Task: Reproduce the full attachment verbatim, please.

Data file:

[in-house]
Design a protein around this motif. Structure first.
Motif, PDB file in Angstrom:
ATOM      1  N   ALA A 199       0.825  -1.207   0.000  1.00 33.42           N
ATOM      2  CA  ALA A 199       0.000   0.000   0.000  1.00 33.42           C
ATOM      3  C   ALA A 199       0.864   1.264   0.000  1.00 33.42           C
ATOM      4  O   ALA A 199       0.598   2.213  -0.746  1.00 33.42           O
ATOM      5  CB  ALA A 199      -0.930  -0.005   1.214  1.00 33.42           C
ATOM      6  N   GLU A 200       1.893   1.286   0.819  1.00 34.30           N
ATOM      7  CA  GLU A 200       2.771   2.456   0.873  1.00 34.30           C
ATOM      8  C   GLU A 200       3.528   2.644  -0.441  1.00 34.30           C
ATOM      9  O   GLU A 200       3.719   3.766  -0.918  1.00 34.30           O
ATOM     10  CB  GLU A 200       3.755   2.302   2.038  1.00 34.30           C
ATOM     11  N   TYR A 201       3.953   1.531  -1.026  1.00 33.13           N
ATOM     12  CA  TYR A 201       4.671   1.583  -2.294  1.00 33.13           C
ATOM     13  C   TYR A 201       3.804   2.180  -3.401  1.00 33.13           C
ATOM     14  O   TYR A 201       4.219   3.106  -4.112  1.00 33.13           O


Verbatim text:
[in-house]
Design a protein around this motif. Structure first.
Motif, PDB file in Angstrom:
ATOM      1  N   ALA A 199       0.825  -1.207   0.000  1.00 33.42           N
ATOM      2  CA  ALA A 199       0.000   0.000   0.000  1.00 33.42           C
ATOM      3  C   ALA A 199       0.864   1.264   0.000  1.00 33.42           C
ATOM      4  O   ALA A 199       0.598   2.213  -0.746  1.00 33.42           O
ATOM      5  CB  ALA A 199      -0.930  -0.005   1.214  1.00 33.42           C
ATOM      6  N   GLU A 200       1.893   1.286   0.819  1.00 34.30           N
ATOM      7  CA  GLU A 200       2.771   2.456   0.873  1.00 34.30           C
ATOM      8  C   GLU A 200       3.528   2.644  -0.441  1.00 34.30           C
ATOM      9  O   GLU A 200       3.719   3.766  -0.918  1.00 34.30           O
ATOM     10  CB  GLU A 200       3.755   2.302   2.038  1.00 34.30           C
ATOM     11  N   TYR A 201       3.953   1.531  -1.026  1.00 33.13           N
ATOM     12  CA  TYR A 201       4.671   1.583  -2.294  1.00 33.13           C
ATOM     13  C   TYR A 201       3.804   2.180  -3.401  1.00 33.13           C
ATOM     14  O   TYR A 201       4.219   3.106  -4.112  1.00 33.13           O